By Colbert I. King
Saturday, August 16, 2008
Say you find yourself seated on the train behind two white supremacists who are beside themselves over the possibility that Barack Obama could become America's first black president.
They are so fired up, they fail to notice you.
The men are discussing the urgent need to derail Obama's candidacy.
The obvious strategist of the two says that Obama's defeat can be brought about by hitting him hard, where it hurts the most.
We've got to launch an attack, he declares, on Obama's "lack of American roots." Paint him as a guy with an exotic background who's present in mainstream society but isn't really a part of it.
He asserts, with a snicker, that Obama has "a very strong weakness." We'll drive home the argument, he says, that Obama's "roots to basic American values and culture are at best limited."
Our job, he goes on, is to get "most Americans -- the invisible Americans" so agitated about Obama that they become eager to stick up for what they regard as their American heritage.
We can do that, he declares with confidence, by convincing folks that Obama "is not at his center fundamentally American in his thinking and in his values."
The other white supremacist, getting the point, chimes in: Yeah, and because Obama's black, let's put up a candidate against him to "contest the black vote at every opportunity. Keep him pinned down there."
We must, the men agree, keep charging that Obama is not steeped in "basic American values."
That, dear reader, is the way virulent hate purveyors will seek to bring down Barack Obama: by portraying him as un-American and, oh yes, "unelectable."
To be fair, these anti-Obama sentiments cannot be attributed to two white supremacists riding on a train.
The words quoted above belong to Mark Penn, the top Democratic strategist and pollster for most of Hillary Clinton's run for the White House. They appear in a strategic campaign review memo, unearthed recently by the Atlantic magazine, that Penn sent to Clinton on March 19, 2007.
Let us note that Hillary Clinton did not take Penn's advice, though she continues her association with him.
Clinton did make much of her Middle American birth into the middle class, and she did pretend to be as one with the white working class, as Penn instructed in his strategy memo.
But she did not launch a frontal attack on Obama's life in Hawaii or on his diverse background or charge -- as Penn had urged -- that Obama is not "at his center fundamentally American."
So why bring this up now? It's not exactly a new line of attack against Obama. Check out the cable channels.
Also, when it comes to hitting below the belt, Mark Penn has plenty of company.
A widely distributed e-mail I received last month from "Sol" adopted Penn's "lack of American roots" libel against Obama, but more crudely.
Sol was taken aback by Obama's assertion that "we are now a nation of Christians, Jews, Muslims, Buddhists. . ."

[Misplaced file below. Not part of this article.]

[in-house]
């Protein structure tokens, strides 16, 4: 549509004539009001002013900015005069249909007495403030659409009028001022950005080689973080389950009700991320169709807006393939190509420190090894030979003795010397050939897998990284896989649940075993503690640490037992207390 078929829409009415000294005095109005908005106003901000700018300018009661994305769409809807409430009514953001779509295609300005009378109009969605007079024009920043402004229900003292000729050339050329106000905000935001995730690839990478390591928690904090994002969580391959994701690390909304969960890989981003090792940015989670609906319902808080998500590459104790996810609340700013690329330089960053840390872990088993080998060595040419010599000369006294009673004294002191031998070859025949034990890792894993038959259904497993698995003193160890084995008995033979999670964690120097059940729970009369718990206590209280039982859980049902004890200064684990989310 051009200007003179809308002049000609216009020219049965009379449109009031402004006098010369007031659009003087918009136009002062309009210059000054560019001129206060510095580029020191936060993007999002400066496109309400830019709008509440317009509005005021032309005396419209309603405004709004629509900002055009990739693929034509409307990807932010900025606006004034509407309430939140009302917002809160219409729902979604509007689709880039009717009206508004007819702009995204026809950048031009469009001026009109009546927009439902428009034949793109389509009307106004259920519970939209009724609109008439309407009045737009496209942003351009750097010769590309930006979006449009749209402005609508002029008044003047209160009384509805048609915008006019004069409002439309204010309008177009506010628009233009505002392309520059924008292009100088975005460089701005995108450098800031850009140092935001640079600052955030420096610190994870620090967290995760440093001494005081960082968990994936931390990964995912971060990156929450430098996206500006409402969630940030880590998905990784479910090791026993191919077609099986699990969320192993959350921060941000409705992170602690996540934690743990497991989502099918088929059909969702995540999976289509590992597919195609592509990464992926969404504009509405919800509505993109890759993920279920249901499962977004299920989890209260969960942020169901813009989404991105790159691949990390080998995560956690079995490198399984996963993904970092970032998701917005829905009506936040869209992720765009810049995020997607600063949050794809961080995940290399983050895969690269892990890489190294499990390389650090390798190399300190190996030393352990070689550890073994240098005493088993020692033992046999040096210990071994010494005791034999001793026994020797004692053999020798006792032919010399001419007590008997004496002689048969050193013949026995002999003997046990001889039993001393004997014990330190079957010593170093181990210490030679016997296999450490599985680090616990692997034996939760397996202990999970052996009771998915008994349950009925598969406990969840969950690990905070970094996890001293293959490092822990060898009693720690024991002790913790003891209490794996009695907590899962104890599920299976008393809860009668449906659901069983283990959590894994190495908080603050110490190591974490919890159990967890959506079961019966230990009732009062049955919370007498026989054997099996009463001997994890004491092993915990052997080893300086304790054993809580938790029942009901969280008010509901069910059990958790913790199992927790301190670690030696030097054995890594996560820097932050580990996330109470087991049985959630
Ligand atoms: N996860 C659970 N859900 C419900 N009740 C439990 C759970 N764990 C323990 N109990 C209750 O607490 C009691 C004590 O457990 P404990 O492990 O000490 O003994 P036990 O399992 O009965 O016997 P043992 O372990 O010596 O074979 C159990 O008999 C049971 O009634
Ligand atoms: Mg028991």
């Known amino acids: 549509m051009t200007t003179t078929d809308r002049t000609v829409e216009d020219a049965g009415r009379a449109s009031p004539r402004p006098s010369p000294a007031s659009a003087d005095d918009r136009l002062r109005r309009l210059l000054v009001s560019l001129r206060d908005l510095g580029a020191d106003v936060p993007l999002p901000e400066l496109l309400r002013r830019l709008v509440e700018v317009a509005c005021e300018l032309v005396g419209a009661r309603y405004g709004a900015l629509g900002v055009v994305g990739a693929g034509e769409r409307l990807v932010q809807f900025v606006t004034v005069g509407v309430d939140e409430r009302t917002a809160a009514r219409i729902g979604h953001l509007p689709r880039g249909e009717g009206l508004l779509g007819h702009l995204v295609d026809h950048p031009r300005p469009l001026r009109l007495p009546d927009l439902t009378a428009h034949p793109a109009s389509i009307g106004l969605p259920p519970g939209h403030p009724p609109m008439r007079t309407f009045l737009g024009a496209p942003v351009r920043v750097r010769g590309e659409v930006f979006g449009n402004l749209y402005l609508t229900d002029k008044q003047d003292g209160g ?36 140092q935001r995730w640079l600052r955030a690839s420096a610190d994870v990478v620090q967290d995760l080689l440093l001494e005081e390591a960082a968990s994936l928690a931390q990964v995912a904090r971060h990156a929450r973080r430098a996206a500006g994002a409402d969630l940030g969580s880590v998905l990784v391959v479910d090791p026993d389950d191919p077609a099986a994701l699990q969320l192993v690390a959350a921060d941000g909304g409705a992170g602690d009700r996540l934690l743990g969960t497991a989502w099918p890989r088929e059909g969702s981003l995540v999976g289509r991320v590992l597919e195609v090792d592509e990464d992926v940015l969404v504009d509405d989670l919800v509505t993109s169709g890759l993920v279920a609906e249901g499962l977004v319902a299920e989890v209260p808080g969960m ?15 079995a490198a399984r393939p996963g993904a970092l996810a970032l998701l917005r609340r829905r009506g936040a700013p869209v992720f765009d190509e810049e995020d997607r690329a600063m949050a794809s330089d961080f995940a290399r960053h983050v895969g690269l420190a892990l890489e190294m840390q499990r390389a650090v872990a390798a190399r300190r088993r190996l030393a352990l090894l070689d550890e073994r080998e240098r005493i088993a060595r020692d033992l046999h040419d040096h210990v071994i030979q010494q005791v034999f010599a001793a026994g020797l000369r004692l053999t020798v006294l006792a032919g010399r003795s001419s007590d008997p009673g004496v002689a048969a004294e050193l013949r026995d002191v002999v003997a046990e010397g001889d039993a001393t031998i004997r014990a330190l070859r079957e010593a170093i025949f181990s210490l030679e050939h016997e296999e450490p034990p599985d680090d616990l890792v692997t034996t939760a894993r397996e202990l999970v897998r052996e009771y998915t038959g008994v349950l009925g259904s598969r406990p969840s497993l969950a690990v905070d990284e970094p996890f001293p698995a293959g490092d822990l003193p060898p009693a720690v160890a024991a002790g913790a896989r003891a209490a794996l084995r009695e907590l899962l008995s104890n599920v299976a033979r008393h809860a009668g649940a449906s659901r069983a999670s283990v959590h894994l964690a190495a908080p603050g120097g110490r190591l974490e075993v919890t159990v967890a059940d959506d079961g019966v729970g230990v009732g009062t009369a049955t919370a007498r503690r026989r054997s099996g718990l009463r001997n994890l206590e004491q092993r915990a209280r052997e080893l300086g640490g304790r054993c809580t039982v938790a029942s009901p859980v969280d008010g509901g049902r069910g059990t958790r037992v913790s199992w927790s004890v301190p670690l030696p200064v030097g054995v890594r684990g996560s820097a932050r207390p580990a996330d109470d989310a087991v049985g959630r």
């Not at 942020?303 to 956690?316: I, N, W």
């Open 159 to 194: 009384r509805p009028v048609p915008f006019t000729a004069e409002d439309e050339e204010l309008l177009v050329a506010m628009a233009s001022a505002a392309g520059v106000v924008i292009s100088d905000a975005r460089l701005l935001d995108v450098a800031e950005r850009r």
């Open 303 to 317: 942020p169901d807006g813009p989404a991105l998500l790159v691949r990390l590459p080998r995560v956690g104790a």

"I never thought," wrote Sol, "I'd see the day that I'd hear something like that from a presidential candidate in this Country."
"To think our forefathers fought and died for the right for our nation to be a Christian nation -- and to have this 'wannabe raghead' say with pride that 'we are no longer a Christian nation.' "
"How far will the good people of the USA let these 'minorities' tell us what we can and cannot do?"
"With God's help, He will still take control of this Nation and we can show this 'anti-Christ' and all his boot-lickers . . ."
Okay, it's easy to dismiss Sol as another misguided hater on the religious right.
It's not so easy, however, to look past Penn.
He's a longtime Clinton insider, the chief executive of the public relations giant Burson-Marsteller and an adviser to Fortune 500 chieftains. He's accorded respectability, access to the powerful and a fat bank account.
We have, thanks to Penn's own hand, a glimpse into his ethics and values. We can see how he would exploit heritage, background and class and use misleading and offensive characterizations in his work. We understand how he would go about challenging and demeaning Obama's American identity by suggesting that the Hawaii-born, Columbia- and Harvard-educated U.S. senator from Illinois is not American enough.
Cynically, he would make Obama out to be a threat to American values and culture.
It's clear from the memo exactly what type of politics Penn would practice.
What is unclear, though, in an increasingly diverse and multicultural America, where merit and not lineage or class should be deciding factors, is why the salons of Washington, the boardrooms of corporate America and the doors of foreign governments are open to such a divider and fear-exploiter as Mark Penn.
It's fair to ask about his roots in basic American values. Why do business with him?